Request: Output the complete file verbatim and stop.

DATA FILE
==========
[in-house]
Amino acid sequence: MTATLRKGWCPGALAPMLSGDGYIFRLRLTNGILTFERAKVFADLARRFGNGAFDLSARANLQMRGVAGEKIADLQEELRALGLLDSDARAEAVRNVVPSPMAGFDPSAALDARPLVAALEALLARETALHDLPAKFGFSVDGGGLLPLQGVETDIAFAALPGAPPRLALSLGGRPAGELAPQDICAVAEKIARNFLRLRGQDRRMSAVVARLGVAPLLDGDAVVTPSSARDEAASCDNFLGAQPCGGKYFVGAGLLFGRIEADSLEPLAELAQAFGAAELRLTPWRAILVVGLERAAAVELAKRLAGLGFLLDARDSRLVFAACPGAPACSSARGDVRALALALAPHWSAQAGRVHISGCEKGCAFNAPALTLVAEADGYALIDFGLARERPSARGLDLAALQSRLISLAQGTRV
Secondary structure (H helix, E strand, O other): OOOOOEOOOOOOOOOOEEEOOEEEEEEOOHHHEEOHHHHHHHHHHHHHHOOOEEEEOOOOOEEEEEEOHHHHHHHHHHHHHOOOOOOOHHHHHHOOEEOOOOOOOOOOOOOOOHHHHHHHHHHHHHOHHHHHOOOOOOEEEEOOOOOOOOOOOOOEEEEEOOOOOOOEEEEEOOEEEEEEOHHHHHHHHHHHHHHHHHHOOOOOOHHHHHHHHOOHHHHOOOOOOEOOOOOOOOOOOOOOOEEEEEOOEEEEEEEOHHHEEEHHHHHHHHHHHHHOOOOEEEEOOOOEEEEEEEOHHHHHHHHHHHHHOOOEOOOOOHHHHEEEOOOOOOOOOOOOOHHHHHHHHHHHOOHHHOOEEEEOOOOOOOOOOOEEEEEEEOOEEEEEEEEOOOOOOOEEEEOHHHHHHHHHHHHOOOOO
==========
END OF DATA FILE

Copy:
[in-house]
Amino acid sequence: MTATLRKGWCPGALAPMLSGDGYIFRLRLTNGILTFERAKVFADLARRFGNGAFDLSARANLQMRGVAGEKIADLQEELRALGLLDSDARAEAVRNVVPSPMAGFDPSAALDARPLVAALEALLARETALHDLPAKFGFSVDGGGLLPLQGVETDIAFAALPGAPPRLALSLGGRPAGELAPQDICAVAEKIARNFLRLRGQDRRMSAVVARLGVAPLLDGDAVVTPSSARDEAASCDNFLGAQPCGGKYFVGAGLLFGRIEADSLEPLAELAQAFGAAELRLTPWRAILVVGLERAAAVELAKRLAGLGFLLDARDSRLVFAACPGAPACSSARGDVRALALALAPHWSAQAGRVHISGCEKGCAFNAPALTLVAEADGYALIDFGLARERPSARGLDLAALQSRLISLAQGTRV
Secondary structure (H helix, E strand, O other): OOOOOEOOOOOOOOOOEEEOOEEEEEEOOHHHEEOHHHHHHHHHHHHHHOOOEEEEOOOOOEEEEEEOHHHHHHHHHHHHHOOOOOOOHHHHHHOOEEOOOOOOOOOOOOOOOHHHHHHHHHHHHHOHHHHHOOOOOOEEEEOOOOOOOOOOOOOEEEEEOOOOOOOEEEEEOOEEEEEEOHHHHHHHHHHHHHHHHHHOOOOOOHHHHHHHHOOHHHHOOOOOOEOOOOOOOOOOOOOOOEEEEEOOEEEEEEEOHHHEEEHHHHHHHHHHHHHOOOOEEEEOOOOEEEEEEEOHHHHHHHHHHHHHOOOEOOOOOHHHHEEEOOOOOOOOOOOOOHHHHHHHHHHHOOHHHOOEEEEOOOOOOOOOOOEEEEEEEOOEEEEEEEEOOOOOOOEEEEOHHHHHHHHHHHHOOOOO